Q: Nearly every industry imaginable is gyrating: finance, cars, real estate, publishing. Can any flailing category draw lessons from the long-suffering music industry?

A: Isn't this the nature of capitalism -- deepening cycles of boom and bust? But the compact-disc business is faltering because of changes in technology; that can't be stopped. I have a friend who used to work at Sony Music, and he said he was struck on a recent trip to Massachusetts by seeing mansions built on whaling fortunes. People once made fortunes in whaling, but things changed. And so it is with compact discs.

Q: Do most musicians -- Prince aside -- encounter creative interference and resistance from nervous label accountants?

A: Well, if you own your own record company, you can do what you like. But if you're taking $100,000 from a major label to make your record, then you might expect that they'll be looking over your shoulder while you're working on it. Having said that, Luna was pretty much left alone when we were on Elektra. They never told us what to do. Ultimately, they made a business decision that they didn't want to keep spending money on us, which is fair enough.

Q: Is a musician's relationship with a label easier or tougher than a writer's with a publisher?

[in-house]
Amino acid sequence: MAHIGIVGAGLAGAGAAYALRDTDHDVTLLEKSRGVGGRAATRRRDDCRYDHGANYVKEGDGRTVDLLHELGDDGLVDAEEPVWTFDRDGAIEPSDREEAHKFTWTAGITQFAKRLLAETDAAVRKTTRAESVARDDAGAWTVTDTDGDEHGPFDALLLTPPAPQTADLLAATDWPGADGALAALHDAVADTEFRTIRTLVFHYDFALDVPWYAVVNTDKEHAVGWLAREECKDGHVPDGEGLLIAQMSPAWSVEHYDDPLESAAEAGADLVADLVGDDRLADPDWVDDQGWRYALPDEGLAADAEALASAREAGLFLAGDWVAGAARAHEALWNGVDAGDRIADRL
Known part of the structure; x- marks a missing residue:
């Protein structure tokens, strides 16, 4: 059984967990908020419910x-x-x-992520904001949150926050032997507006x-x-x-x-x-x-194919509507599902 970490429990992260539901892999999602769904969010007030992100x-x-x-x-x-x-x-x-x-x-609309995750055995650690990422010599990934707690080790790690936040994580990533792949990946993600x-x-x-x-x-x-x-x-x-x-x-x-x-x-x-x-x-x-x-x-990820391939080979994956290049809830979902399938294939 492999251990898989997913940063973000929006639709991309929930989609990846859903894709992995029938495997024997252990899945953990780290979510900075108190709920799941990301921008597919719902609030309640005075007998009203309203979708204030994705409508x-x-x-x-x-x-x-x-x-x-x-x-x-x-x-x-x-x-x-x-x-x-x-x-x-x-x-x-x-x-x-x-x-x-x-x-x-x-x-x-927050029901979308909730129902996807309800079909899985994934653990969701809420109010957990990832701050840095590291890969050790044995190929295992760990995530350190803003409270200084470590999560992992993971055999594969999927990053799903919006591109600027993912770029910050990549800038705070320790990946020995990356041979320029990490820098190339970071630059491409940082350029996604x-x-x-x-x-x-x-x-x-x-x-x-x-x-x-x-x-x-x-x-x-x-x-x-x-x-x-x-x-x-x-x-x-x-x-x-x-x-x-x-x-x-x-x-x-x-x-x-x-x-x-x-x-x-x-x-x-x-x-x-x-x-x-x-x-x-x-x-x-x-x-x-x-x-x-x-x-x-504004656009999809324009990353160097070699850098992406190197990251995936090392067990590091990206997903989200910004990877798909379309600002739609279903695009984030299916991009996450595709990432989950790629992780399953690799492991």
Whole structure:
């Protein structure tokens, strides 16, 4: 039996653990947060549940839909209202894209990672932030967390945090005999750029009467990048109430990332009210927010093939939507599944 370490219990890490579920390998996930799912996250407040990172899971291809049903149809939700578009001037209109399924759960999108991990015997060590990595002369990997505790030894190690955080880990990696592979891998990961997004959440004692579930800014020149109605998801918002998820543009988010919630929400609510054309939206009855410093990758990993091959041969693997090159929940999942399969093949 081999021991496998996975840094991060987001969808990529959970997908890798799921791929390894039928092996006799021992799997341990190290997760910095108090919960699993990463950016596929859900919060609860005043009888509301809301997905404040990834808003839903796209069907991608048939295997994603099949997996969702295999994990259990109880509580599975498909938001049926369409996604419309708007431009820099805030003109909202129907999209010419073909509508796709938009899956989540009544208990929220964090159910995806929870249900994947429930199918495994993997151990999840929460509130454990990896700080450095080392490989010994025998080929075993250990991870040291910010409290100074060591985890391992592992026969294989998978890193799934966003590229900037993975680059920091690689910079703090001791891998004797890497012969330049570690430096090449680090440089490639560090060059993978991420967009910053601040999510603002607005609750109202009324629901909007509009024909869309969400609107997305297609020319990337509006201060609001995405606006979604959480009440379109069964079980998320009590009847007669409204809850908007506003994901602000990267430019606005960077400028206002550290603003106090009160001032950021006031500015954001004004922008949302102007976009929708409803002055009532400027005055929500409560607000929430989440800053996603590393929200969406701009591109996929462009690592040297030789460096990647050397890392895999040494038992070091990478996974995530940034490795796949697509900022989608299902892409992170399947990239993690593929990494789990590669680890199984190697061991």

A: Recording contracts are worse than book contracts, because in the record business, they lump all your records together on one tab. With a book, it's a separate advance and a separate account each time. So if your first book "loses" the company $50,000, and your second one makes $60,000, they don't say, "Hey, we don't owe you these royalties, because you still owe us from the first book."

Q: Your memoir explores therapy: psychotherapy, couples' therapy, band therapy. If you were starting a business venture, would you hire a therapist for you and your partners?

A: Not right away. Therapy is just for when things get difficult.

Q: Did your labels ever offer you benefits, like health care?

A: Hell, no.

Q: Then what does a musician do for insurance?

A: An American musician generally goes without health insurance. But talk to a Canadian band -- they have health insurance. And I have French musician friends who get paid unemployment benefits by the government. I know Thomas Friedman likes to write about how messed up the French system is, with their high wages and shorter work weeks and generous benefits, but it sure looks good to me.

Q: Ah, so that's why France has so many legendary rock stars. Has the music-business model irrevocably drifted toward selling concert tickets instead of recordings?

A: Yes, it has. It used to be that the big labels would give you tour support to help you out there on the road, because your touring activity was helping to publicize and sell your CD. Now the labels are looking at those ticket (and T-shirt) sales, and trying to get a cut of that too. The other increasingly important aspect is licensing songs to films and TV commercials.

Q: Is this the best or worst possible time in history to break into the music business?

A: I guess it must be the worst. But I just started a record company -- somebody has to do it. You do it because you hear something you love, and you want other people to know about it. At least that's why I got into it.

Dean Wareham's Black Postcards: A Memoir (Penguin, $16) is now out in paperback.